Chicago-based ActiveCampaign is absolutely crushing it in the CRM, sales, and automated marketing space. But it didn’t come out of nowhere –– the company is a 13-year “overnight” success story.


When he started back in 2003, Jason VandeBoom was just trying to pay for college. For more than a decade, he and his small team built everything from scratch, growing slowly but steadily each year. By 2016, Silversmith Capital Partners invested $20 million in ActiveCampaign. Today, they service 60,000 small businesses and counting.


Jason VandeBoom, CEO and founder of ActiveCampaign (John Rosin/Technori)

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“If people aren’t saying you’re crazy, like, continually, I think you’re doing something wrong,” says Jason, ActiveCampaign’s CEO.


It’s that kind of attitude that helps ActiveCampaign stand out in a flooded CRM marketplace. I sat down with Jason to find out more about how they’re winning over clients left and right.


Small business, big deal


Scott: CRMs are so difficult to manage. I’ve used both Salesforce and HubSpot. We use Splashthat for events. Every single one of them has come up woefully short.


At first, I thought ActiveCampaign seemed too good to be true. But we did the trial and –– well, let’s put it this way. Our first email went out today using your platform.


Did you get involved in this field because you thought it was a space that was messed up that you could fix? I don’t understand how you built something that everyone else has seemingly struggled to do, which is create UX.


Jason: A small business focus makes a big difference. Being one ourselves for so long, we never really took on the idea of trying to solve CRMs. I started the company with the single idea of managing contacts. At the time, MailChimp didn’t even exist.


I was doing consulting work at the time and I kept running into the same challenges. So I built solutions, and kept on building them. Then I packaged it up as software.


As the company grew from just me to about eight people over the course of a decade, we found the pain points and opportunities our customers had –– as well as the ones we experienced ourselves.


Scott: What made you particularly interested in small business?


Jason: Growing up, my parents always had small businesses. I saw the level of care and passion they had. Compared to working with enterprise companies, I just enjoy it more.


Also, it’s a whole category. Software companies often start out focusing on small business, get a little traction, and then as soon as they can, start moving to midmarket, to enterprise and chase bigger contracts. Hopefully ActiveCampaign can drive change by serving small businesses and not abandoning them.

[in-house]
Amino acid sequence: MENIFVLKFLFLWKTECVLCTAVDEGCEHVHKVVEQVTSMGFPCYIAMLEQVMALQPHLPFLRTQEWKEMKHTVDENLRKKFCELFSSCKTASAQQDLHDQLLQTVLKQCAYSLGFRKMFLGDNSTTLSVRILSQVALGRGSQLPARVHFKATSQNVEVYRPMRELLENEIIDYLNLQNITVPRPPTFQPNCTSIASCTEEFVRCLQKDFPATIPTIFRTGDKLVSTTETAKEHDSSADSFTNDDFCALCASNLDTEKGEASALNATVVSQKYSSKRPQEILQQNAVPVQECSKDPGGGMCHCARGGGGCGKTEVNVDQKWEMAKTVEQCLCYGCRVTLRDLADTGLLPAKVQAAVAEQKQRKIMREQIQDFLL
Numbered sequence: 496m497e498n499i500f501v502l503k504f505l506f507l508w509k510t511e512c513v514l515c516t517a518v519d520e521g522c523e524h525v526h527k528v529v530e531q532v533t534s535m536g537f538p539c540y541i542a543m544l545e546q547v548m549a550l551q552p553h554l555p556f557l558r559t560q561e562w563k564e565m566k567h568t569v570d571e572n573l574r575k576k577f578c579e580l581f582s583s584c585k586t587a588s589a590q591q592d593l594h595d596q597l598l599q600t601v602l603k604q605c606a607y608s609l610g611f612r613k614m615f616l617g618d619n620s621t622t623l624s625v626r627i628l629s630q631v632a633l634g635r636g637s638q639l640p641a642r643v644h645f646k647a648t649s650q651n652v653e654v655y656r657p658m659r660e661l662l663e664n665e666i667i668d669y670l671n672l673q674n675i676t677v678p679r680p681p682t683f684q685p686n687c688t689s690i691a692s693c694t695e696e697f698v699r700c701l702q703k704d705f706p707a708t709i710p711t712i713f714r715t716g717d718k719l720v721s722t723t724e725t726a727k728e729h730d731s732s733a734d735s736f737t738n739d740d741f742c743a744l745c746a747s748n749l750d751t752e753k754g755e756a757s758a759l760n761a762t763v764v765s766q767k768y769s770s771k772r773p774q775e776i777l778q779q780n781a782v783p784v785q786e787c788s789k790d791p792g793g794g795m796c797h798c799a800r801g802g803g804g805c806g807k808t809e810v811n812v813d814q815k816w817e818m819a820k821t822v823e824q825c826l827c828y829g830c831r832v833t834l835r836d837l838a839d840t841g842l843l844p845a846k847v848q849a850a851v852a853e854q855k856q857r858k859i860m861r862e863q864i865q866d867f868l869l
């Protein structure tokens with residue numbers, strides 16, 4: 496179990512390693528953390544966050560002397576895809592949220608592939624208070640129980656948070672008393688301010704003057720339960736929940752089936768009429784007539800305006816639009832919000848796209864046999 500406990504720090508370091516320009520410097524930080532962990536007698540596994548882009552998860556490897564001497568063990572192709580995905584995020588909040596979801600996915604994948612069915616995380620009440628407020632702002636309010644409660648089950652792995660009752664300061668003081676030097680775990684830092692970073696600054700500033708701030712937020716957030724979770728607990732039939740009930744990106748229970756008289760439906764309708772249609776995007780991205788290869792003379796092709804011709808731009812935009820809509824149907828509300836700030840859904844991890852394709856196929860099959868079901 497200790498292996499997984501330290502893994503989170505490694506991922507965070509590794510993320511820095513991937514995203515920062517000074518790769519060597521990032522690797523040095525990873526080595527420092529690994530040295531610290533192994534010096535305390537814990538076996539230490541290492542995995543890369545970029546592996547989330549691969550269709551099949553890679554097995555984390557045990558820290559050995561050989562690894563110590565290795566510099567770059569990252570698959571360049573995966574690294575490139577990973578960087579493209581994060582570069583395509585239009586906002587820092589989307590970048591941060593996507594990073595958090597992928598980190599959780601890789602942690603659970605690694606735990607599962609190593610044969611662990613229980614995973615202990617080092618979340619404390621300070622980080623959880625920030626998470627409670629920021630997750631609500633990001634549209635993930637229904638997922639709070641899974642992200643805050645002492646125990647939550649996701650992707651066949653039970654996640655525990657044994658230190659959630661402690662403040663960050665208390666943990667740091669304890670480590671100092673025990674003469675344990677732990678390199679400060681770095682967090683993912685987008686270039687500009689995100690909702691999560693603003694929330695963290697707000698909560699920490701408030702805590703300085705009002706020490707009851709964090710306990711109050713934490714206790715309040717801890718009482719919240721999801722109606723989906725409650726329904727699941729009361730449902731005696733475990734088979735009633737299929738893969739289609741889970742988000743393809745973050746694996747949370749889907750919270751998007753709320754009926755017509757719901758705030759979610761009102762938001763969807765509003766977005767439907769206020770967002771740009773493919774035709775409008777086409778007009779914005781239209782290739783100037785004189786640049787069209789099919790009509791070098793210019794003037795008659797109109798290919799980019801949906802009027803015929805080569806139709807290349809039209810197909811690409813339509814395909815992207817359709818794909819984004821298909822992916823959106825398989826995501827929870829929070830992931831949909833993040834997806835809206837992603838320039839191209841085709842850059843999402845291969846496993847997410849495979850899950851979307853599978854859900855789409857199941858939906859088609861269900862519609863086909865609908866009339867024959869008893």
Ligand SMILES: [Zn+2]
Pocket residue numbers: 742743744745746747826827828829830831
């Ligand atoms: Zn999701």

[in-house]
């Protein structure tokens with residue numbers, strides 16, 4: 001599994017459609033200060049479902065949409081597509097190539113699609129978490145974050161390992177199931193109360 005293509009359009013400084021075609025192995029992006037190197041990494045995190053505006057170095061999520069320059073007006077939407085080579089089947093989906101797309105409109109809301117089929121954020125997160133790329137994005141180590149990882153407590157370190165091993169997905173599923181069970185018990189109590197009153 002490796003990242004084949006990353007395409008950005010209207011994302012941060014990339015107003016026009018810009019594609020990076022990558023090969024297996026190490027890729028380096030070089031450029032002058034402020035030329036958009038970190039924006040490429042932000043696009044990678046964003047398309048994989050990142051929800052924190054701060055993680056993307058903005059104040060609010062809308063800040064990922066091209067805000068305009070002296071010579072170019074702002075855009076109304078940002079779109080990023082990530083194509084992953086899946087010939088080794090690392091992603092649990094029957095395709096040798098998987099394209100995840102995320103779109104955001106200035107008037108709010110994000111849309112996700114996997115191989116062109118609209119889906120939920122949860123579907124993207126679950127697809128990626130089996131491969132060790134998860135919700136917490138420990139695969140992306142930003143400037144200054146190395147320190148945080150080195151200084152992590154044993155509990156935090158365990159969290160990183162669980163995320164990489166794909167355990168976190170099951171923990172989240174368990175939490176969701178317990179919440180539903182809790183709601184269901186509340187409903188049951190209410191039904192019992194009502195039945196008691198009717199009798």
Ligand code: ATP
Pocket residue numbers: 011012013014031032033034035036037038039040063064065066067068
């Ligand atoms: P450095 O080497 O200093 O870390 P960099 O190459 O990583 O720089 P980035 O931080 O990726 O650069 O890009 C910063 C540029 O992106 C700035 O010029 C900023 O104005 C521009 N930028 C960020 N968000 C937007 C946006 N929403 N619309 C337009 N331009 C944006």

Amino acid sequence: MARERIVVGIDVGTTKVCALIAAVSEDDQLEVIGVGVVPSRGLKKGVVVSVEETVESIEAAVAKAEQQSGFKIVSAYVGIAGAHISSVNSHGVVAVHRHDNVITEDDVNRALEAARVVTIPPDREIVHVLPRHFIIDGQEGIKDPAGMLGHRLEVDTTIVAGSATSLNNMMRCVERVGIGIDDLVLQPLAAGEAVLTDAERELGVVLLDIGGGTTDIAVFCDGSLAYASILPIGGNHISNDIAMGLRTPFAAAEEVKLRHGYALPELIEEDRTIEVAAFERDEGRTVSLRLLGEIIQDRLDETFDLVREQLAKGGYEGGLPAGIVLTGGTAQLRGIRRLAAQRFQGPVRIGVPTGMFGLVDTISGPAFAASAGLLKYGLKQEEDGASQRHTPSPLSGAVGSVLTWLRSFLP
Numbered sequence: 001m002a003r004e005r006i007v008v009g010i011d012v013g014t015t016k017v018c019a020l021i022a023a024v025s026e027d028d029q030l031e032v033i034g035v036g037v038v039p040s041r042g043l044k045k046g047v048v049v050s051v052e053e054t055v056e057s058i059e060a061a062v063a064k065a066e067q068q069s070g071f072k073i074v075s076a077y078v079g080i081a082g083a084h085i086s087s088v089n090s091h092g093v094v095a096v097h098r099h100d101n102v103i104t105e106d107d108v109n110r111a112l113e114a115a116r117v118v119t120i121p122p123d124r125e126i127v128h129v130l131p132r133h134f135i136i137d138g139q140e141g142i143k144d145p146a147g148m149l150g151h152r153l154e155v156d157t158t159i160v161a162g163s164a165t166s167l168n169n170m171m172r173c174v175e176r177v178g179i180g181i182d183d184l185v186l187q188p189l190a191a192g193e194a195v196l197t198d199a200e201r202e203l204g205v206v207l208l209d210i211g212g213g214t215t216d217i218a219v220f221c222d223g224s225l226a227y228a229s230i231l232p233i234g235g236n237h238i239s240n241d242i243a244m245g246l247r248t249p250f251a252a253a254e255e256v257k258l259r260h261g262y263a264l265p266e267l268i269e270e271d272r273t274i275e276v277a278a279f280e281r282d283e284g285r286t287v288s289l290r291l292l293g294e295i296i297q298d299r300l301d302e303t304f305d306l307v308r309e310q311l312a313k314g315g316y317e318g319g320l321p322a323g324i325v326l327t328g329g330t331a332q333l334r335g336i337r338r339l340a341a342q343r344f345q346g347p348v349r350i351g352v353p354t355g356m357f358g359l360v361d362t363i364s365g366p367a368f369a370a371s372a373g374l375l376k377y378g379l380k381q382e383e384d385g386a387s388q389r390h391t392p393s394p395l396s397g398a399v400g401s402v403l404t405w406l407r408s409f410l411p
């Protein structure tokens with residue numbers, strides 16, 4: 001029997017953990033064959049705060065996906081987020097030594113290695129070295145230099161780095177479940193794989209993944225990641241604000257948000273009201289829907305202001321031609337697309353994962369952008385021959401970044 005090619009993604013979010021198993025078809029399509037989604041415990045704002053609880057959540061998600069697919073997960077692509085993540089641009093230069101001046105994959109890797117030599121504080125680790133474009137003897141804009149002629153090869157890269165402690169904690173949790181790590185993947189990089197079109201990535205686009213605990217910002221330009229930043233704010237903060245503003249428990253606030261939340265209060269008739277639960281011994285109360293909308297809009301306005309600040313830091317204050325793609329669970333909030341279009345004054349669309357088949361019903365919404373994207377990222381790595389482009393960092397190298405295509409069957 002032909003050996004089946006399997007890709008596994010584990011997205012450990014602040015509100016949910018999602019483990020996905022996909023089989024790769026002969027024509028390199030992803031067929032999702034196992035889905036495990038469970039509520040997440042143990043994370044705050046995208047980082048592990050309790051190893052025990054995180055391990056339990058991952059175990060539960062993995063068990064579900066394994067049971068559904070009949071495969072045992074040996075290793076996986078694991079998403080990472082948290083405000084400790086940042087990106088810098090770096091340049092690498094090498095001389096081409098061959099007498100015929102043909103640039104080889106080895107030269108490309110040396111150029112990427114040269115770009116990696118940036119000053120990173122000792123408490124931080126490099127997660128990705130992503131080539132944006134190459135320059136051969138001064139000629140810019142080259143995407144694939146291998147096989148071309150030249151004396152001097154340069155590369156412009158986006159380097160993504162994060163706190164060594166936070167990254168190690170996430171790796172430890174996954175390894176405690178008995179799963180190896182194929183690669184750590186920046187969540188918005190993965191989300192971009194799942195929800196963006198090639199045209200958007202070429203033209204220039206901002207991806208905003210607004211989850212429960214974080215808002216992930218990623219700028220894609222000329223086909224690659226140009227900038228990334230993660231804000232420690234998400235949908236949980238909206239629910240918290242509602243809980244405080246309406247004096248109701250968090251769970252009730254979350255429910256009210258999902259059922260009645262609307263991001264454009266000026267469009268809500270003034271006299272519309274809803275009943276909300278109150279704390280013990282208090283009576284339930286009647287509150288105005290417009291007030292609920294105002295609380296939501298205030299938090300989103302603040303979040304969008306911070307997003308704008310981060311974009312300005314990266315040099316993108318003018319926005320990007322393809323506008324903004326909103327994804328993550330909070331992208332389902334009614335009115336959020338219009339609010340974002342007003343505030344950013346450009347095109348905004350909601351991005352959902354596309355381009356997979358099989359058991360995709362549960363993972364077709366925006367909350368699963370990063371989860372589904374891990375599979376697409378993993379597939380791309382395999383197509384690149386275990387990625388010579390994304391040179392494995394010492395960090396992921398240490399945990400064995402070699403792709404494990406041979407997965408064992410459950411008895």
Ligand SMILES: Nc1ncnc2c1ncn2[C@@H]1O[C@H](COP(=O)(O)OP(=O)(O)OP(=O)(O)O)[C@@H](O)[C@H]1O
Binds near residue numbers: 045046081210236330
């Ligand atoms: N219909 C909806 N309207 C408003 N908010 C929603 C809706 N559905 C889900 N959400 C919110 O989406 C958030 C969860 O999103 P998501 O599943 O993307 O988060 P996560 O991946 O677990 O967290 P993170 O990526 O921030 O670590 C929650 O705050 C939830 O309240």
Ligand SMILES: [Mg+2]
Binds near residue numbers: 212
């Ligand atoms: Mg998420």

Bad on paper, good for growth


Scott: When I started to use ActiveCampaign, I had my dashboard set up in just minutes.


Jason: We talked to you as well, right? A lot of businesses think they can’t have sales, that they can’t have that human touch. But if you focus on the customer experience, you can get a blend of automation and human touch at the right moments. That person from our team reaching out was probably a critical moment in the process.


Scott: They called minutes later. Nobody asked me if I wanted to buy anything. I didn’t need a credit card to start the free trial. They just asked if I needed help. The next day, they migrated all my data for me.

Jason: That’s the thing. We do things that don’t make sense on paper, like migrating all of your data. The free strategy sessions we provide don’t make sense. People would look at that and think it doesn’t scale.


But if we help a small business grow, their improved customer experience will fuel more growth. It’s a longer-term approach. It’s not for everyone, but it’s a business model that does work.


Scott: Your target clients don’t have the time or resources to have somebody figure out a CRM. When I used Salesforce, I had to hire somebody to help me integrate it. And it wasn’t cheap. But after that, it just went dormant. We never used it because it was cost prohibitive.


Jason: We see that all too often. There’s a fundamental shift in software as a service in general –– it has to have a little more integrity. It has to give you ideas. It’s one thing to have tech features. But it’s more important to have a strategy that’s goIng to help your business grow. That’s the only way a SaaS company is going to survive.


Slow growth = sustainability


Scott: How do you stay on point? Did you always have a bigger vision?


Jason: Not entirely. We really didn’t look at competitors, especially early on. And that’s what’s allowed us to think a little bit differently. Also, if you’re focused on smaller businesses, you have more control over what you do.


You’re not solving for a known pain point like you would in enterprise, which gives you the capability of shifting and rethinking things –– not just providing more of the same to the market.


Our growth was slower than some would take, and at times we were just trying to survive. We’re definitely still a small business, in some capacities.


Small businesses don’t get the credit they deserve. Even if a business doesn’t even scale a crazy amount, just the fact that it’s sustainable is amazing.